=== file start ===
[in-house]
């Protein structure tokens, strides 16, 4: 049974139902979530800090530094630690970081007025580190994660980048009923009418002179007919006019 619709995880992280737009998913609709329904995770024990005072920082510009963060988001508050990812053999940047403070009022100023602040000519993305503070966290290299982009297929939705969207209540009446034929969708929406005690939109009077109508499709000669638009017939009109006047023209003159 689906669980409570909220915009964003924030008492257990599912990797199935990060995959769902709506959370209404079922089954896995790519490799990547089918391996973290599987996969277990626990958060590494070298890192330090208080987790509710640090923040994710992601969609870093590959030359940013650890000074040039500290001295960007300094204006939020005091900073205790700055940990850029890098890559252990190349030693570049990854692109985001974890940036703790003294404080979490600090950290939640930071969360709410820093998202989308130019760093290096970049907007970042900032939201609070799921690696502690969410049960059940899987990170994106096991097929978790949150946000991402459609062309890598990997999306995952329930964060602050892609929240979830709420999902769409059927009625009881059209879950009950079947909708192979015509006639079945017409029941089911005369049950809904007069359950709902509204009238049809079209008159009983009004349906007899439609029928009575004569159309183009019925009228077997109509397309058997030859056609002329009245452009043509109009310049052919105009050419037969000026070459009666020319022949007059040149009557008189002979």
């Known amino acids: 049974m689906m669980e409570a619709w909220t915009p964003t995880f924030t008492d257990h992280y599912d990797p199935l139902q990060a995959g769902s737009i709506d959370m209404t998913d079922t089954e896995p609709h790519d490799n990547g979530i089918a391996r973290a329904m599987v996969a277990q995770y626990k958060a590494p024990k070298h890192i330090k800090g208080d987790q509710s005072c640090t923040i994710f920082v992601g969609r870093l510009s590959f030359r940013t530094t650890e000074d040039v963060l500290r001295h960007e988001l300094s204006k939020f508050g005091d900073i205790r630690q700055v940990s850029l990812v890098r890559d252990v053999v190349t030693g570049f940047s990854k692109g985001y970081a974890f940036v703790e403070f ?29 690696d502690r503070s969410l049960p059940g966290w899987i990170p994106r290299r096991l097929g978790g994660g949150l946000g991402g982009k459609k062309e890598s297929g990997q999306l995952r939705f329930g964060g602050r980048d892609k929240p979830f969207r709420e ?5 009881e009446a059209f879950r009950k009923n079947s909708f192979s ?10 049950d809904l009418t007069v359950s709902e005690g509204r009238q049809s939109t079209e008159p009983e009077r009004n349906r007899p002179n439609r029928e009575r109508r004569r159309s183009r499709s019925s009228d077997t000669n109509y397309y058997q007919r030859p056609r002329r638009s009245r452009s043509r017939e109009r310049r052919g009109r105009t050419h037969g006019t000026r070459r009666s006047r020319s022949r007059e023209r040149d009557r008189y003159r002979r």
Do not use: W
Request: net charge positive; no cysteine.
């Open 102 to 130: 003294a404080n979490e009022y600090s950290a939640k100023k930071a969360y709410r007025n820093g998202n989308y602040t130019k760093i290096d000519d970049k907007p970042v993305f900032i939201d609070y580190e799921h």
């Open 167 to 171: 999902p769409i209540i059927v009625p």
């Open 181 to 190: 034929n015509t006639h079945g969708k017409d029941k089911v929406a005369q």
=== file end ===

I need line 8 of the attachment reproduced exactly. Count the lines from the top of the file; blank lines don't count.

């Open 181 to 190: 034929n015509t006639h079945g969708k017409d029941k089911v929406a005369q």